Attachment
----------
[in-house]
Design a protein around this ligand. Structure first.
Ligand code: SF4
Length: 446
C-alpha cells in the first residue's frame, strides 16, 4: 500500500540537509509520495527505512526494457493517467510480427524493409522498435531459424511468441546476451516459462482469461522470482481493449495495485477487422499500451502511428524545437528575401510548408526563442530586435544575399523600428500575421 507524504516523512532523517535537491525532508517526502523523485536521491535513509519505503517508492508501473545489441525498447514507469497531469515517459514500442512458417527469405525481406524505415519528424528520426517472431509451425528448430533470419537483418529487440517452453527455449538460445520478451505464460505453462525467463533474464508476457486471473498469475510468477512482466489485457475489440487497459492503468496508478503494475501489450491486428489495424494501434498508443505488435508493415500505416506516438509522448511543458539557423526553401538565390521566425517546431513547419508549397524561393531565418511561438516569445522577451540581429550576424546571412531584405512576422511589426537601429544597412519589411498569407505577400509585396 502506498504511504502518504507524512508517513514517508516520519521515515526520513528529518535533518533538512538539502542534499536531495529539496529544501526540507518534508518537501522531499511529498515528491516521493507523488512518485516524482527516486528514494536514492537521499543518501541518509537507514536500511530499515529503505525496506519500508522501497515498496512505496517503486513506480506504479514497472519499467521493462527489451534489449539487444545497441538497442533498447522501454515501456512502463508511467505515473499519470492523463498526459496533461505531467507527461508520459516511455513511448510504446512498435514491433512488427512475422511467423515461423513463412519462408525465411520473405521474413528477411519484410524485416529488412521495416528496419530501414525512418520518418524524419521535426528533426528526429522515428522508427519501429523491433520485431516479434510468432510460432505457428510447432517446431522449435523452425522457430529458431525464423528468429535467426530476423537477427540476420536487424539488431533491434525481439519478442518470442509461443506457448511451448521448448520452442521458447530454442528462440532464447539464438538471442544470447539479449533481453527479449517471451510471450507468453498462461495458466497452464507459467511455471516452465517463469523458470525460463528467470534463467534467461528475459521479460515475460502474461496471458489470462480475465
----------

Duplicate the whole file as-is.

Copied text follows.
[in-house]
Design a protein around this ligand. Structure first.
Ligand code: SF4
Length: 446
C-alpha cells in the first residue's frame, strides 16, 4: 500500500540537509509520495527505512526494457493517467510480427524493409522498435531459424511468441546476451516459462482469461522470482481493449495495485477487422499500451502511428524545437528575401510548408526563442530586435544575399523600428500575421 507524504516523512532523517535537491525532508517526502523523485536521491535513509519505503517508492508501473545489441525498447514507469497531469515517459514500442512458417527469405525481406524505415519528424528520426517472431509451425528448430533470419537483418529487440517452453527455449538460445520478451505464460505453462525467463533474464508476457486471473498469475510468477512482466489485457475489440487497459492503468496508478503494475501489450491486428489495424494501434498508443505488435508493415500505416506516438509522448511543458539557423526553401538565390521566425517546431513547419508549397524561393531565418511561438516569445522577451540581429550576424546571412531584405512576422511589426537601429544597412519589411498569407505577400509585396 502506498504511504502518504507524512508517513514517508516520519521515515526520513528529518535533518533538512538539502542534499536531495529539496529544501526540507518534508518537501522531499511529498515528491516521493507523488512518485516524482527516486528514494536514492537521499543518501541518509537507514536500511530499515529503505525496506519500508522501497515498496512505496517503486513506480506504479514497472519499467521493462527489451534489449539487444545497441538497442533498447522501454515501456512502463508511467505515473499519470492523463498526459496533461505531467507527461508520459516511455513511448510504446512498435514491433512488427512475422511467423515461423513463412519462408525465411520473405521474413528477411519484410524485416529488412521495416528496419530501414525512418520518418524524419521535426528533426528526429522515428522508427519501429523491433520485431516479434510468432510460432505457428510447432517446431522449435523452425522457430529458431525464423528468429535467426530476423537477427540476420536487424539488431533491434525481439519478442518470442509461443506457448511451448521448448520452442521458447530454442528462440532464447539464438538471442544470447539479449533481453527479449517471451510471450507468453498462461495458466497452464507459467511455471516452465517463469523458470525460463528467470534463467534467461528475459521479460515475460502474461496471458489470462480475465